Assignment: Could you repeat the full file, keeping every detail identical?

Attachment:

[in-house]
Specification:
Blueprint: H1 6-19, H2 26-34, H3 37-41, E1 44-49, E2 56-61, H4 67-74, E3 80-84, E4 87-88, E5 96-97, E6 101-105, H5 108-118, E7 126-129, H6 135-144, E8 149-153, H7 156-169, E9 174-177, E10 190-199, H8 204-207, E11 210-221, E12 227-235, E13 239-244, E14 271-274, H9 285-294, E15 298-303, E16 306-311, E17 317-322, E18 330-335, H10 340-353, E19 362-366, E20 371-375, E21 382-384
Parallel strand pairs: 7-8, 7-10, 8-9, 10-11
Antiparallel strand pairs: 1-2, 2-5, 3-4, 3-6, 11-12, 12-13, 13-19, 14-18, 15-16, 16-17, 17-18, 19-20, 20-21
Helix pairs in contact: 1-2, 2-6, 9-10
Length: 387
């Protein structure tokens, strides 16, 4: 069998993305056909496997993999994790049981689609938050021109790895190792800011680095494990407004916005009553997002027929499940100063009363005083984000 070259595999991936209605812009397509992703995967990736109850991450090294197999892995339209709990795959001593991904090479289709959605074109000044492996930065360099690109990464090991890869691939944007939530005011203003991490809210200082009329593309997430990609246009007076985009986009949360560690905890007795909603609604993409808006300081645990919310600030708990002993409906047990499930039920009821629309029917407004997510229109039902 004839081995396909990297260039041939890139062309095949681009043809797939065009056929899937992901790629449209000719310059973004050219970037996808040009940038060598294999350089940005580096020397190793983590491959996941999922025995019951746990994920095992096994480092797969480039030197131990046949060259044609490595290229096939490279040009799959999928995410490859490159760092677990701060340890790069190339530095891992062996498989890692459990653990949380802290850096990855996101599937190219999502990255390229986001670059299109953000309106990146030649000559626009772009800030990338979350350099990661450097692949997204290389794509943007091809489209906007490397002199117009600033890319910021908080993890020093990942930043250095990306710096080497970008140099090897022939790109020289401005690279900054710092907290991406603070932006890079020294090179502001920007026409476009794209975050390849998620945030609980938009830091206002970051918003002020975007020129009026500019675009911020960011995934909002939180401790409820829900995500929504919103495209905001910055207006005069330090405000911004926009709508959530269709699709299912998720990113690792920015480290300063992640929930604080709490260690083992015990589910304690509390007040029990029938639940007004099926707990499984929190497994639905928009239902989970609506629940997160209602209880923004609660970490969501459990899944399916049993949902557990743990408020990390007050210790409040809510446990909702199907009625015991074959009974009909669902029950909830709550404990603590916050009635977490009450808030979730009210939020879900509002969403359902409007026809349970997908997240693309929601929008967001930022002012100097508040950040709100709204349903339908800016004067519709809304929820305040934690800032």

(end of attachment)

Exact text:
[in-house]
Specification:
Blueprint: H1 6-19, H2 26-34, H3 37-41, E1 44-49, E2 56-61, H4 67-74, E3 80-84, E4 87-88, E5 96-97, E6 101-105, H5 108-118, E7 126-129, H6 135-144, E8 149-153, H7 156-169, E9 174-177, E10 190-199, H8 204-207, E11 210-221, E12 227-235, E13 239-244, E14 271-274, H9 285-294, E15 298-303, E16 306-311, E17 317-322, E18 330-335, H10 340-353, E19 362-366, E20 371-375, E21 382-384
Parallel strand pairs: 7-8, 7-10, 8-9, 10-11
Antiparallel strand pairs: 1-2, 2-5, 3-4, 3-6, 11-12, 12-13, 13-19, 14-18, 15-16, 16-17, 17-18, 19-20, 20-21
Helix pairs in contact: 1-2, 2-6, 9-10
Length: 387
């Protein structure tokens, strides 16, 4: 069998993305056909496997993999994790049981689609938050021109790895190792800011680095494990407004916005009553997002027929499940100063009363005083984000 070259595999991936209605812009397509992703995967990736109850991450090294197999892995339209709990795959001593991904090479289709959605074109000044492996930065360099690109990464090991890869691939944007939530005011203003991490809210200082009329593309997430990609246009007076985009986009949360560690905890007795909603609604993409808006300081645990919310600030708990002993409906047990499930039920009821629309029917407004997510229109039902 004839081995396909990297260039041939890139062309095949681009043809797939065009056929899937992901790629449209000719310059973004050219970037996808040009940038060598294999350089940005580096020397190793983590491959996941999922025995019951746990994920095992096994480092797969480039030197131990046949060259044609490595290229096939490279040009799959999928995410490859490159760092677990701060340890790069190339530095891992062996498989890692459990653990949380802290850096990855996101599937190219999502990255390229986001670059299109953000309106990146030649000559626009772009800030990338979350350099990661450097692949997204290389794509943007091809489209906007490397002199117009600033890319910021908080993890020093990942930043250095990306710096080497970008140099090897022939790109020289401005690279900054710092907290991406603070932006890079020294090179502001920007026409476009794209975050390849998620945030609980938009830091206002970051918003002020975007020129009026500019675009911020960011995934909002939180401790409820829900995500929504919103495209905001910055207006005069330090405000911004926009709508959530269709699709299912998720990113690792920015480290300063992640929930604080709490260690083992015990589910304690509390007040029990029938639940007004099926707990499984929190497994639905928009239902989970609506629940997160209602209880923004609660970490969501459990899944399916049993949902557990743990408020990390007050210790409040809510446990909702199907009625015991074959009974009909669902029950909830709550404990603590916050009635977490009450808030979730009210939020879900509002969403359902409007026809349970997908997240693309929601929008967001930022002012100097508040950040709100709204349903339908800016004067519709809304929820305040934690800032």